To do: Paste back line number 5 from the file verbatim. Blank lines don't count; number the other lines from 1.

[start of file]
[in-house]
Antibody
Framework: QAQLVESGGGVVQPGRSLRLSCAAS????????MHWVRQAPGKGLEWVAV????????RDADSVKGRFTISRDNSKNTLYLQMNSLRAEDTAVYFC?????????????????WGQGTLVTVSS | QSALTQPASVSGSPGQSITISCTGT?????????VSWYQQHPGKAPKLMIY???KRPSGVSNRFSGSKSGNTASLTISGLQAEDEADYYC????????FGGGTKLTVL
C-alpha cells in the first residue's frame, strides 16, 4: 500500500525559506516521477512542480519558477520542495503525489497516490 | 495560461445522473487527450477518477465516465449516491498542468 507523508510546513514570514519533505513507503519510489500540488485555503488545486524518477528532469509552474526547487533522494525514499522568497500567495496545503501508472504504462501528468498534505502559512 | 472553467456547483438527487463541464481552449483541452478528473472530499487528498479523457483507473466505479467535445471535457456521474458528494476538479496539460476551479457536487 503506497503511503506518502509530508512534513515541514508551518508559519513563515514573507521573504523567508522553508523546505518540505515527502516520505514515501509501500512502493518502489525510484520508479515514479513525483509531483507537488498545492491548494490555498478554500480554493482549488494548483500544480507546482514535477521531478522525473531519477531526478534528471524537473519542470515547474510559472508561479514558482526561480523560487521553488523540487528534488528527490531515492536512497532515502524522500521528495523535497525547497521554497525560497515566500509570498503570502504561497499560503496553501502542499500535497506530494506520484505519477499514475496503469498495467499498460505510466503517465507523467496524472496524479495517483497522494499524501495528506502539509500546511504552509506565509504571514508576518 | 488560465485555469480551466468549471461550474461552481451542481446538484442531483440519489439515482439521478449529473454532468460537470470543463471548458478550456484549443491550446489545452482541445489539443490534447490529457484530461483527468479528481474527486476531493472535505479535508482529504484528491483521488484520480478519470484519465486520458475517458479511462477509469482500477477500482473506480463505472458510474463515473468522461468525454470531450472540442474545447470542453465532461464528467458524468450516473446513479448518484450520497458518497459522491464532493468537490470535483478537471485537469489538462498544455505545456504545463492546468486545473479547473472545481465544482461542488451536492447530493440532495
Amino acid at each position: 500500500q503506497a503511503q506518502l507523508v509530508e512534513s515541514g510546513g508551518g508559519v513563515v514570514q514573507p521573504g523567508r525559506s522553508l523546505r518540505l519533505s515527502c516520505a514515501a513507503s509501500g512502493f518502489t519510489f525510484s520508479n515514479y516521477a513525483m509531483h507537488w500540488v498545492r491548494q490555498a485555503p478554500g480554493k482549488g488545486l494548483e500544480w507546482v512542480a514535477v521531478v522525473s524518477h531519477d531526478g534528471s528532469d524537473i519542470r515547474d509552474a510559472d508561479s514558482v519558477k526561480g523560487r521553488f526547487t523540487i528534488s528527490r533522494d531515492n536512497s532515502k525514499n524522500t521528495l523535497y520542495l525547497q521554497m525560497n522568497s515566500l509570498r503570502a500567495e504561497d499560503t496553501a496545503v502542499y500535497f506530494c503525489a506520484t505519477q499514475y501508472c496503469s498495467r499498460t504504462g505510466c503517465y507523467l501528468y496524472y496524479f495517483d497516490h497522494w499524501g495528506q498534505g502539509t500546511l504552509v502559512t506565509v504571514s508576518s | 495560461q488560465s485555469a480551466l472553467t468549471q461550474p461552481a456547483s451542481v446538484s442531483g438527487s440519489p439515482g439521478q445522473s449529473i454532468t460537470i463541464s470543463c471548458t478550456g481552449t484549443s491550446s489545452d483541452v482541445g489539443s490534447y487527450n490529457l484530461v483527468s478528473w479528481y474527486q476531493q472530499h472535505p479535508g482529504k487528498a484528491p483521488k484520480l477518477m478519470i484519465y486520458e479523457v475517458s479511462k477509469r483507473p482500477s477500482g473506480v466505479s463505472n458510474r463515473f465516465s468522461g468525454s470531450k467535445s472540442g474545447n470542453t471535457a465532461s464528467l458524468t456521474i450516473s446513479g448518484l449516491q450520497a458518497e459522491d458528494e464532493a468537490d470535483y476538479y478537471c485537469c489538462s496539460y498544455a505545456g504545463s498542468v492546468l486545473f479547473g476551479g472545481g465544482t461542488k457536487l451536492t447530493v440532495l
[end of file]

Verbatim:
Amino acid at each position: 500500500q503506497a503511503q506518502l507523508v509530508e512534513s515541514g510546513g508551518g508559519v513563515v514570514q514573507p521573504g523567508r525559506s522553508l523546505r518540505l519533505s515527502c516520505a514515501a513507503s509501500g512502493f518502489t519510489f525510484s520508479n515514479y516521477a513525483m509531483h507537488w500540488v498545492r491548494q490555498a485555503p478554500g480554493k482549488g488545486l494548483e500544480w507546482v512542480a514535477v521531478v522525473s524518477h531519477d531526478g534528471s528532469d524537473i519542470r515547474d509552474a510559472d508561479s514558482v519558477k526561480g523560487r521553488f526547487t523540487i528534488s528527490r533522494d531515492n536512497s532515502k525514499n524522500t521528495l523535497y520542495l525547497q521554497m525560497n522568497s515566500l509570498r503570502a500567495e504561497d499560503t496553501a496545503v502542499y500535497f506530494c503525489a506520484t505519477q499514475y501508472c496503469s498495467r499498460t504504462g505510466c503517465y507523467l501528468y496524472y496524479f495517483d497516490h497522494w499524501g495528506q498534505g502539509t500546511l504552509v502559512t506565509v504571514s508576518s | 495560461q488560465s485555469a480551466l472553467t468549471q461550474p461552481a456547483s451542481v446538484s442531483g438527487s440519489p439515482g439521478q445522473s449529473i454532468t460537470i463541464s470543463c471548458t478550456g481552449t484549443s491550446s489545452d483541452v482541445g489539443s490534447y487527450n490529457l484530461v483527468s478528473w479528481y474527486q476531493q472530499h472535505p479535508g482529504k487528498a484528491p483521488k484520480l477518477m478519470i484519465y486520458e479523457v475517458s479511462k477509469r483507473p482500477s477500482g473506480v466505479s463505472n458510474r463515473f465516465s468522461g468525454s470531450k467535445s472540442g474545447n470542453t471535457a465532461s464528467l458524468t456521474i450516473s446513479g448518484l449516491q450520497a458518497e459522491d458528494e464532493a468537490d470535483y476538479y478537471c485537469c489538462s496539460y498544455a505545456g504545463s498542468v492546468l486545473f479547473g476551479g472545481g465544482t461542488k457536487l451536492t447530493v440532495l